Fast forward to January and here we are sitting in that hand washing circle waiting again for lunch. Yesterday we sang and played musical games but today we are playing a different kind of word recognition game, this time with high frequency non-phonetic Dolch words.

I begin by holding up a Dolch word and saying, “This word is 'the,' a very useful word. Who would like to hold 'the'?” A hand goes up. “Sandy, can you hold 'the' for us and remember that it says 'the'?”
I continue the same way passing out “to,” “you,” “of,” and “was," our first five Dolch words.

“Now Sandy, look at your word, and if you can remember what it says, very quietly hold it up.“ Sandy is holding up his Dolch word. I say to the group, “If you know what it says, raise your hand, and Sandy will pick someone to say his word.”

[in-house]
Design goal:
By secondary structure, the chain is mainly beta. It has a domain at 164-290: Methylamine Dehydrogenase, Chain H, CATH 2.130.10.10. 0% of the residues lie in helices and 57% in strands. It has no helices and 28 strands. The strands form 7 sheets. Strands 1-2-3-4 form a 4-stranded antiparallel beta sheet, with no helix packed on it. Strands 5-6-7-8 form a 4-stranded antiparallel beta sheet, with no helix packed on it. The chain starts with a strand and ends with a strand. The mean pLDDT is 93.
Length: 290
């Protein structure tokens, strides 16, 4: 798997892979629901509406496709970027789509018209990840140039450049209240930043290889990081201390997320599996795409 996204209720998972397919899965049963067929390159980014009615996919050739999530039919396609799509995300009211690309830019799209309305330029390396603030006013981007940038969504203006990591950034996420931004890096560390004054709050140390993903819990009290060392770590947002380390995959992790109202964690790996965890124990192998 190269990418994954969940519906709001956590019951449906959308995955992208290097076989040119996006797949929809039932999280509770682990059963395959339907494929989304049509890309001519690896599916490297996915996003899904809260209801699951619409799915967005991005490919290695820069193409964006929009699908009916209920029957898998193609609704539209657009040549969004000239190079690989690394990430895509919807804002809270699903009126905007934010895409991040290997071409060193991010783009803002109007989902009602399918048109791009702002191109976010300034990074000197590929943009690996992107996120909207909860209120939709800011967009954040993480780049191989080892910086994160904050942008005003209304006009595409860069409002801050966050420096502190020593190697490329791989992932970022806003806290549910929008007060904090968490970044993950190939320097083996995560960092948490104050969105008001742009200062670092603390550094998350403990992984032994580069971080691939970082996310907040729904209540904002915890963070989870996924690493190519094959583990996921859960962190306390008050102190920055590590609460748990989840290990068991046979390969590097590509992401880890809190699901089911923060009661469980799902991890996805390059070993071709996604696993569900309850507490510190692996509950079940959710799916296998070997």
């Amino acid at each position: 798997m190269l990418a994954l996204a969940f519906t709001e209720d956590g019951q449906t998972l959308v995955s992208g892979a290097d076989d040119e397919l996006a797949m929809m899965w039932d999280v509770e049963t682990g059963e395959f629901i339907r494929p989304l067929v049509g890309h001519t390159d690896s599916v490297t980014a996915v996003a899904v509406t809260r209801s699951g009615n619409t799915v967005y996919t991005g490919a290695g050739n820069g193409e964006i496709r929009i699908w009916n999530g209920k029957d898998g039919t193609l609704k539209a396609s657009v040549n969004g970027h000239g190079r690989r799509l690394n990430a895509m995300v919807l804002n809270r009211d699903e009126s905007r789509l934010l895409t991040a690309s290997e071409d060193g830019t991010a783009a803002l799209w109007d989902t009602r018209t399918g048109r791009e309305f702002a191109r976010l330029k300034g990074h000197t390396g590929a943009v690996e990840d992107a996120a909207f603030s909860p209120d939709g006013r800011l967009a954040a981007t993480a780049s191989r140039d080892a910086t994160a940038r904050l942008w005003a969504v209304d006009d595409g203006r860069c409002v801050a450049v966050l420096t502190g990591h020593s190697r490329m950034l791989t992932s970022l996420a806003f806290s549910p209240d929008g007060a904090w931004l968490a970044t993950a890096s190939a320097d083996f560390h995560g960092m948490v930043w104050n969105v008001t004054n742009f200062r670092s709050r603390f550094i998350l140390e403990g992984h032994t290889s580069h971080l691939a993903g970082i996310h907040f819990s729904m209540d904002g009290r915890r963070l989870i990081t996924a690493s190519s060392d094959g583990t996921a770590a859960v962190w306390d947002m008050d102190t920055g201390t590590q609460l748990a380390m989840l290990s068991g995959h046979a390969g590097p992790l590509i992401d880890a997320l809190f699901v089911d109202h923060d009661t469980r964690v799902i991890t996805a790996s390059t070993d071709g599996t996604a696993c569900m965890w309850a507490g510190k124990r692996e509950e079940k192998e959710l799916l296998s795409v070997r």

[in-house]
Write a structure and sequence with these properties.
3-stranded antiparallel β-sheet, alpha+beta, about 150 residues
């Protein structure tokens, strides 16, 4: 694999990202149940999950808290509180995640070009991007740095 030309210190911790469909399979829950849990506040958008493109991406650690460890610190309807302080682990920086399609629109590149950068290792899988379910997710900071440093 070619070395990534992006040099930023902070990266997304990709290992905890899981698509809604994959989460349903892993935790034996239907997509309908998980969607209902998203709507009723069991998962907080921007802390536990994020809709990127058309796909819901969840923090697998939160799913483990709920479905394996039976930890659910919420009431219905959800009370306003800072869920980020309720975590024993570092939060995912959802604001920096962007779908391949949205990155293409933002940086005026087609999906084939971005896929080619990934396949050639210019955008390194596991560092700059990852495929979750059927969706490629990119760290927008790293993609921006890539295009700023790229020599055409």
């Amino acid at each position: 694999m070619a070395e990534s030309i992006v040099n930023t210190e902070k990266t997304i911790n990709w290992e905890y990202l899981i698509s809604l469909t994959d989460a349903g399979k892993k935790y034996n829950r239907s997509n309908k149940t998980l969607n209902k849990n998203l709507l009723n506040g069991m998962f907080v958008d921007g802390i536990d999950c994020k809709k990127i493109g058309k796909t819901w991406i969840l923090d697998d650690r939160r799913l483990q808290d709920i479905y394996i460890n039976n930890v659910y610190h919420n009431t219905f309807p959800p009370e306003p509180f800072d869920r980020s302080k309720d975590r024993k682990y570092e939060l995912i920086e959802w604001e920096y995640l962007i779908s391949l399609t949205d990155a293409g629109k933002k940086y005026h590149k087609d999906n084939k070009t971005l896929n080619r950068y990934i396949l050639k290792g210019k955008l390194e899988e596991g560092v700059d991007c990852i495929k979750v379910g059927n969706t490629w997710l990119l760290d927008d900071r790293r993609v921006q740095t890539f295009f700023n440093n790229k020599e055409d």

Sandy picks Rafael who says, “The.”

I say, “Sandy, Is he right? If he's right, please hand Rafael the “the.” Sandy nods and hands him the card. I say, “Good, Rafael!. And Sandy, you can go to wash your hands.” And we proceed in a similar fashion with the next word “to,” and continue through the remaining three words, giving everyone possible a turn.

In my class we have thirty-three Dolch words that are available on the language shelf as an exercise or for reference. As a group we gradually work through them until we are saturated.
The other Dolch words are:

he, she, they, be, we
said, for, all, there, some
have, little, do, could, one
when, what, where, were, would
my, are, come, very, over
want, two, by

Wednesday, September 15, 2010

Education: Conversations about the Future

Last night I went to a meeting held in the Thorne Auditorium at the beautiful Northwestern Law School on Lake Michigan. The meeting was the brain child of its commentator, Bruce Dold, the editorial page editor of the Chicago Tribune. It was a meeting whose time had come, with all the important people who determine the future of Chicago's children but cannot agree on much. And Chicago's children suffer because of this conflict. Those present for the Mr. Dold's discussion included: